The Right Way To Run A Trolley

by Bernard McCormick Friday, July 06, 2018 No Comment(s)

NEW ORLEANS - This quaint old city tells you why Fort Lauderdale was right in nixing the downtown trolley idea. New Orleans has trolleys, and the oldest ones are pushing 100 years old, which is older than the average South Florida winter resident. Trolleys older than the ones I rode as a kid in Philadelphia—and they were old then—are still heavily used by locals and tourists alike. They are the equivalent of San Francisco's cable cars; riding one is a must for visitors.

The reason trolleys survive and thrive here is illustrated above. The city's broad Canal Street has medians wide enough to permit two tracks, so even though the trolleys are slow, they can keep pace with cars on both flanks. And once the trolleys escape the heart of downtown, they still have their own rights of way and move along at a reasonable pace.

They most famous line is St. Charles where the old vehicles rattle along a grass median, shaded by ancient oaks, sometimes reaching the breathtaking speed of 25 miles per hour. In good weather, the windows are open and signs warn against sticking your head out. Branches are often inches away, sometimes even brushing the sides of the cars.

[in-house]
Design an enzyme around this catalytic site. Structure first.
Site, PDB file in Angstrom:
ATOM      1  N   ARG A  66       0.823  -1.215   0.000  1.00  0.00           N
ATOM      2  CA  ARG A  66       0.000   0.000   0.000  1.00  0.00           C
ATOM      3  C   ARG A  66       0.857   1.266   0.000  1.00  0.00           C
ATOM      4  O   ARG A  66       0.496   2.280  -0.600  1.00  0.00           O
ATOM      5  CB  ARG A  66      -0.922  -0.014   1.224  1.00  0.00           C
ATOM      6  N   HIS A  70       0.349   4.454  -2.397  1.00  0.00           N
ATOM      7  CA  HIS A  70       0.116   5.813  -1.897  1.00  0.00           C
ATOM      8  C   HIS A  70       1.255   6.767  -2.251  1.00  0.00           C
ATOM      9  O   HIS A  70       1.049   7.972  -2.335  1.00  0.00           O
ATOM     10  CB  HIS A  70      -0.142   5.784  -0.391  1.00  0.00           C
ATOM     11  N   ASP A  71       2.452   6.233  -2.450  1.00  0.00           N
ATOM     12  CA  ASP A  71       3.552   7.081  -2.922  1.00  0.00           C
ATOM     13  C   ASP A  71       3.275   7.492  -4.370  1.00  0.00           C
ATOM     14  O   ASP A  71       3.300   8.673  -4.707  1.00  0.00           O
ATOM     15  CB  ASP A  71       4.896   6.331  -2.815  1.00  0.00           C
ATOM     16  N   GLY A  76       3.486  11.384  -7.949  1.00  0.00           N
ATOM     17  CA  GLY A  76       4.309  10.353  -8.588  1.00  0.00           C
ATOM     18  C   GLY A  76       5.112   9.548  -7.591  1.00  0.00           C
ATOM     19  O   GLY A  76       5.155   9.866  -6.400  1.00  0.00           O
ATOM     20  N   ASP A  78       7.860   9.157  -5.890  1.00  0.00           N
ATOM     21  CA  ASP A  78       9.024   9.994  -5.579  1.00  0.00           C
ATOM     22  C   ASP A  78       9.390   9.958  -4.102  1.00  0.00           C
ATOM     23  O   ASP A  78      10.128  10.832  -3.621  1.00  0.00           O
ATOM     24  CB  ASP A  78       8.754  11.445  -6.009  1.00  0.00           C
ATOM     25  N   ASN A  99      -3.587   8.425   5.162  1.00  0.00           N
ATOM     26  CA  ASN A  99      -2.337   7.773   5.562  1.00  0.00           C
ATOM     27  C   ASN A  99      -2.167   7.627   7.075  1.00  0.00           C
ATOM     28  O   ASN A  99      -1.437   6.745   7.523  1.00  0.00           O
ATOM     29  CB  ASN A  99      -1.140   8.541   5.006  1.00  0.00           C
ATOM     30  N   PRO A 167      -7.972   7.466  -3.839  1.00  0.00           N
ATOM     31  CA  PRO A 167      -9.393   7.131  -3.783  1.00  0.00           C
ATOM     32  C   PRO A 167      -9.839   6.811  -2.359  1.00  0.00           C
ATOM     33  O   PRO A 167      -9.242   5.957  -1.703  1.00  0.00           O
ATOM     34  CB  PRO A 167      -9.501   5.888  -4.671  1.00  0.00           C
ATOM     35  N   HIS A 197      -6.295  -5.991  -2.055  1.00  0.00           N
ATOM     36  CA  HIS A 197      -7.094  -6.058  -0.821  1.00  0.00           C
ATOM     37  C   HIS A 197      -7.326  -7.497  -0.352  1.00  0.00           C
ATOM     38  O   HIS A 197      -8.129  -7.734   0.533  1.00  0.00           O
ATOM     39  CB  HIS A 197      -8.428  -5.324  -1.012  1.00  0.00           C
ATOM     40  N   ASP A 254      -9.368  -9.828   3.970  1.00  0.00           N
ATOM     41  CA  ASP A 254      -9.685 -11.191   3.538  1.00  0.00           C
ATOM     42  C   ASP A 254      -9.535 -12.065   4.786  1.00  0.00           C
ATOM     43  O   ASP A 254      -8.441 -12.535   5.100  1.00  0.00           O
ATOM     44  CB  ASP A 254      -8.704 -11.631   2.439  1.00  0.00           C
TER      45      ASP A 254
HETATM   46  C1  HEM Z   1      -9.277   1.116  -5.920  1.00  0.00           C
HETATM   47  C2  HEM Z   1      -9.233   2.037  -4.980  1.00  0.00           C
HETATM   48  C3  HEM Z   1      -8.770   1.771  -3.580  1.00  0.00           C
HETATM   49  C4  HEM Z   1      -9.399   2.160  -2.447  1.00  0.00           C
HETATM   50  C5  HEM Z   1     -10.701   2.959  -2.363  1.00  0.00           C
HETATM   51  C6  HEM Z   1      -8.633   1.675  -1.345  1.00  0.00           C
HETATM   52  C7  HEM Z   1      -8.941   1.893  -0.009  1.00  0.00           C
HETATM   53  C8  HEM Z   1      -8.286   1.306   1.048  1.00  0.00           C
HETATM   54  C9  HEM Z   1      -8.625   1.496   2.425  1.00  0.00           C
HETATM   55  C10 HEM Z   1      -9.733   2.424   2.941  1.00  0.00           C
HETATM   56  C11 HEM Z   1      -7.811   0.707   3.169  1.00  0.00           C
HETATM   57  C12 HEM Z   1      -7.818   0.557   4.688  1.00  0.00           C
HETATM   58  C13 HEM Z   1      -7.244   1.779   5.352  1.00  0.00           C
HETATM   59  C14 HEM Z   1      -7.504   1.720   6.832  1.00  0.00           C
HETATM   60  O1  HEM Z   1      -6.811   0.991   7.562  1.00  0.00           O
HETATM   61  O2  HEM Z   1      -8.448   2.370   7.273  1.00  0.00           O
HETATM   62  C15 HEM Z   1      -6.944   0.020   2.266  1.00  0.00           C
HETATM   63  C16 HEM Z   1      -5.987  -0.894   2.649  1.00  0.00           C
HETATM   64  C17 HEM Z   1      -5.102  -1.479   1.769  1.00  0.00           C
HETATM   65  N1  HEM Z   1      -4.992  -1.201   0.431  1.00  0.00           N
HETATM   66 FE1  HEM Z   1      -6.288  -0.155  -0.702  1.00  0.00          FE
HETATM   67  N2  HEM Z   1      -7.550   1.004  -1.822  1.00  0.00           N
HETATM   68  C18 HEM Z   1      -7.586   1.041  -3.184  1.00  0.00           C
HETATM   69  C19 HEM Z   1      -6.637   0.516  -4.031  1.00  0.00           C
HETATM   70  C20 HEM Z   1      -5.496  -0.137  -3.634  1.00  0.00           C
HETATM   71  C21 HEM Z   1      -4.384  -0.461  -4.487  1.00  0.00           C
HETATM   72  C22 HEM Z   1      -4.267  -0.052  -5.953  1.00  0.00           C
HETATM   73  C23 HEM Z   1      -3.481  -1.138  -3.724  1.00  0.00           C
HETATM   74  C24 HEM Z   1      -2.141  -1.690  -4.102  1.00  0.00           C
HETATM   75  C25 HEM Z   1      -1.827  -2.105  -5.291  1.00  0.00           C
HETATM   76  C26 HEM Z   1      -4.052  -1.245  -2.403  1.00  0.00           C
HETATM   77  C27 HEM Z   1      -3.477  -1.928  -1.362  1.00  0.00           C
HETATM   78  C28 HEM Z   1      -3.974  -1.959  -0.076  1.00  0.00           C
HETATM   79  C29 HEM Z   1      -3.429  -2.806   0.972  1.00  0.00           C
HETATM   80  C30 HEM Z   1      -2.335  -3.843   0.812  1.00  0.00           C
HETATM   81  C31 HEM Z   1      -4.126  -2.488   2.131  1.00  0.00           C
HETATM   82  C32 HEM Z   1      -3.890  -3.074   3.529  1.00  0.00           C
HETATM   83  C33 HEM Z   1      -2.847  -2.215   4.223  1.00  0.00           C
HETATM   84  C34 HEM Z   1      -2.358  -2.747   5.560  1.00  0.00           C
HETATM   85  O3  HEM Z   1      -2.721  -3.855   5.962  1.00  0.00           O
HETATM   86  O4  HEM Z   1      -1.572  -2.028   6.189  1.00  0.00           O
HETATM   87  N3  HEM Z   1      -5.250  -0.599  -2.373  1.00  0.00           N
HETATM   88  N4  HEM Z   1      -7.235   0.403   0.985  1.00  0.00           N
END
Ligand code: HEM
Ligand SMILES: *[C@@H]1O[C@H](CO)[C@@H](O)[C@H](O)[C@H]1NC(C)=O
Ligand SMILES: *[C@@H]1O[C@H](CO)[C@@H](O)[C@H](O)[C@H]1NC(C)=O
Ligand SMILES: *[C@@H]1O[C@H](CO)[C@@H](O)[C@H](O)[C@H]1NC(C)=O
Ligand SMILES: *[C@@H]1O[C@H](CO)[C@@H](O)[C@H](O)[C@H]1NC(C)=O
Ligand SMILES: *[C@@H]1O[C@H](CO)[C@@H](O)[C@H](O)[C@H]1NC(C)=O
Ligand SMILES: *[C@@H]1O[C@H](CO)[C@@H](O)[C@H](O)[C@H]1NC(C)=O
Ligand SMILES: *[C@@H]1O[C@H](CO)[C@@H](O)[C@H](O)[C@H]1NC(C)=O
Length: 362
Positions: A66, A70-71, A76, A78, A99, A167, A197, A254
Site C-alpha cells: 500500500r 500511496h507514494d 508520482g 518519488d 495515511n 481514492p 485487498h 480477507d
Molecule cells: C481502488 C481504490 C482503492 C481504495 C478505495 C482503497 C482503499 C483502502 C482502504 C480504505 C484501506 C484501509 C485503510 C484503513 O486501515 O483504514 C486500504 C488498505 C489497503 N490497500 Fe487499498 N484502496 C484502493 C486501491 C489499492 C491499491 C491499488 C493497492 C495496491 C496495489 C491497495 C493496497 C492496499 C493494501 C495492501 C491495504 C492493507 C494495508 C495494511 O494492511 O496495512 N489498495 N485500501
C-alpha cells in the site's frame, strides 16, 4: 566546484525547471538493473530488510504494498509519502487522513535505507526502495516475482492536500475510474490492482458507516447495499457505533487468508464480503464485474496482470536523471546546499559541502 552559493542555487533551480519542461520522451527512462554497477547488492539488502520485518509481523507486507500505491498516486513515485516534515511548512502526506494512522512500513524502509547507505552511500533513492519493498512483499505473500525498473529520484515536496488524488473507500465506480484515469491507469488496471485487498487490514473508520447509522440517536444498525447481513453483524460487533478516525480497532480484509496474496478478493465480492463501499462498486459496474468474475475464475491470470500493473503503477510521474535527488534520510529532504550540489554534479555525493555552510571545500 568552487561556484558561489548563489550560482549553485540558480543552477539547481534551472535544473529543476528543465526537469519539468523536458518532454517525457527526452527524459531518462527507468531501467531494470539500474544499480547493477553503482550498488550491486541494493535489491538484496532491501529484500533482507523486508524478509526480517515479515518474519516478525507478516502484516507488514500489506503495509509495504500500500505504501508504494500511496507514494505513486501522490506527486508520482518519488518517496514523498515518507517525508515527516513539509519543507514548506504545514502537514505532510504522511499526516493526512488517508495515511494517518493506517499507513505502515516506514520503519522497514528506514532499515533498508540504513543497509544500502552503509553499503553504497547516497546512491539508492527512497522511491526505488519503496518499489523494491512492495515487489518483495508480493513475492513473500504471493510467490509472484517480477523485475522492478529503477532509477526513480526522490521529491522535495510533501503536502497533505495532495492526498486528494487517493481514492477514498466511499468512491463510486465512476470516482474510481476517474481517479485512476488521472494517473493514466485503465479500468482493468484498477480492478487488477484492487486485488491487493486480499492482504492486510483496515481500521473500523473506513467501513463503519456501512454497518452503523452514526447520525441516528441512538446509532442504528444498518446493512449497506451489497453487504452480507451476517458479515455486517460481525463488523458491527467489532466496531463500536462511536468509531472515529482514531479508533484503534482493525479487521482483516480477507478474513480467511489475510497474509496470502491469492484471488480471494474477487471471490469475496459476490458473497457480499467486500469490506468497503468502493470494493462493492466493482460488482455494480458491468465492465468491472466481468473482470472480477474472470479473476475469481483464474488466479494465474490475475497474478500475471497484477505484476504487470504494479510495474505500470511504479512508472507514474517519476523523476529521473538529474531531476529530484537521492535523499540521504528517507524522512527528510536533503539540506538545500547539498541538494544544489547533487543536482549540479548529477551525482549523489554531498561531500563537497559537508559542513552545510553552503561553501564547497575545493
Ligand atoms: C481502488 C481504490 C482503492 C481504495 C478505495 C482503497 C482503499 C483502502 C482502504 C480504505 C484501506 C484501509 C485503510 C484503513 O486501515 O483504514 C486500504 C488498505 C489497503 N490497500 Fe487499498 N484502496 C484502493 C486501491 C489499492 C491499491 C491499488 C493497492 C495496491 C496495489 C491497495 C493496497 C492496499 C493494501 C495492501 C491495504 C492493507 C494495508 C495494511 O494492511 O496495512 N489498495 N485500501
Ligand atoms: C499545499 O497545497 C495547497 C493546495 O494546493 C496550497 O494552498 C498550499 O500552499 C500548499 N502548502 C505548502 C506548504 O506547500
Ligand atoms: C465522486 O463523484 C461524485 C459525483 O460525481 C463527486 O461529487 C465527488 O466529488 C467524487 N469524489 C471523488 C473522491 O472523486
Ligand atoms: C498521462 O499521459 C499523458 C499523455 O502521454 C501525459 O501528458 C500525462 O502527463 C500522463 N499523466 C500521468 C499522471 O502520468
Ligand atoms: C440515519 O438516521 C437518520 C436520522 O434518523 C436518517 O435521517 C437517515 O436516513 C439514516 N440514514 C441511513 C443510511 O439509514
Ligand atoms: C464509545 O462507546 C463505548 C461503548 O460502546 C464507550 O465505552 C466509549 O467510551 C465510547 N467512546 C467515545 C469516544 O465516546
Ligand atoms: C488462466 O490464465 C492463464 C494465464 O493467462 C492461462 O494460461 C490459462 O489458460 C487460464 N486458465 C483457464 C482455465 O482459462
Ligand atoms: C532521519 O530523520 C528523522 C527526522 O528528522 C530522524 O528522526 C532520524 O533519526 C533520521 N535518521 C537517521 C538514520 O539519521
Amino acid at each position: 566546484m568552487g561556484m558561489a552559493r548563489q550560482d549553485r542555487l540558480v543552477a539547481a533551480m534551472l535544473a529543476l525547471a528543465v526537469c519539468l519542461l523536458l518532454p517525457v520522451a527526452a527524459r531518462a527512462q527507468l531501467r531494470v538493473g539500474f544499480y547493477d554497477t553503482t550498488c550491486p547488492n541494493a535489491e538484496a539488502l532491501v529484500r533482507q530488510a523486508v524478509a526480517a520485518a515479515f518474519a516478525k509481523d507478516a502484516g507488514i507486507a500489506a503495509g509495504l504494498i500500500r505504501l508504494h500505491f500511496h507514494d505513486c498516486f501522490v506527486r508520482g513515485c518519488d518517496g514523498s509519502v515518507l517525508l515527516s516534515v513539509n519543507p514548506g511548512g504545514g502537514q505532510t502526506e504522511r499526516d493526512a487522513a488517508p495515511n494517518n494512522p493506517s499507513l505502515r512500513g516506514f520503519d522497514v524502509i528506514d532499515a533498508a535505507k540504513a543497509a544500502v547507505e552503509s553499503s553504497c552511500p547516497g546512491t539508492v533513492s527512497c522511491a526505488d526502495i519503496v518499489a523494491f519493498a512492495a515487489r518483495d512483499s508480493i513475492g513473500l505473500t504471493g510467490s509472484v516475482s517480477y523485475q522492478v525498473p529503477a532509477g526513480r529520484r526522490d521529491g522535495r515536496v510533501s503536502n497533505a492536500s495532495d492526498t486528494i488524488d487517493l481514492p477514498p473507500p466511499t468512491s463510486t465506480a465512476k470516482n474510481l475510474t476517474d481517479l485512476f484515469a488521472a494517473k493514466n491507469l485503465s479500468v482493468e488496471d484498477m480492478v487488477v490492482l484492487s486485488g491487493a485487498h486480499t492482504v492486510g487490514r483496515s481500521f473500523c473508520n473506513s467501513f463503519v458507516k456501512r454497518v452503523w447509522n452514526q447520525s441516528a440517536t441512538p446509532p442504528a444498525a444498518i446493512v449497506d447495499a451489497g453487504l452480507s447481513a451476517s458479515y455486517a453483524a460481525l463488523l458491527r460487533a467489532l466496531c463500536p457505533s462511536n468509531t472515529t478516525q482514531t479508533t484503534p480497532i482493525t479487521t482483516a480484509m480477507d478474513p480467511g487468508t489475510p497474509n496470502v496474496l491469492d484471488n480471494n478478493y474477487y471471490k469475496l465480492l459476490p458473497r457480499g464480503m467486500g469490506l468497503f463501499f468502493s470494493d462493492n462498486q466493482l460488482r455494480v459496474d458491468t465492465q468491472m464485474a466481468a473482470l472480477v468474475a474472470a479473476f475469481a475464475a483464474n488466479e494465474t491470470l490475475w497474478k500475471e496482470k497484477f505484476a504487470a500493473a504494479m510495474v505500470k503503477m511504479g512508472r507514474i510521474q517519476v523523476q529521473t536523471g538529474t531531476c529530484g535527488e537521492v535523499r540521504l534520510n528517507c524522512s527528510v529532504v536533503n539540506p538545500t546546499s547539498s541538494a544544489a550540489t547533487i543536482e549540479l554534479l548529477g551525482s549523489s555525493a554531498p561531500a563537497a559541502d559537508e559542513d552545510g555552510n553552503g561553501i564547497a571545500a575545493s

One reason the old trolleys have endured (some built in the 1920s) is because they are one of the best ways to see the city. The St. Charles line is spectacular, passing through blocks of large ornate old homes and apartments before reaching the impressive campuses of Tulane and Loyola universities. In that respect, the 1920s pace is an asset. Gawkers have plenty of time to enjoy the view. One fare takes you to the end of the line and back. They run about 10 minutes apart, so if you miss one—or it is too crowded as it often is in the downtown section—there is usually another visible down the track.

Fort Lauderdale's proposed trolley, while 100 years more modern, was antiquated in the most important sense. It had no dedicated right of way. Had Fort Lauderdale planners been willing to sacrifice a lane of traffic on some of the broader, busier streets, it would have been a different story. But the times made that impossible. New Orleans transit planners were well ahead of Henry Ford. Horses pulled their original trolleys—in 1835.



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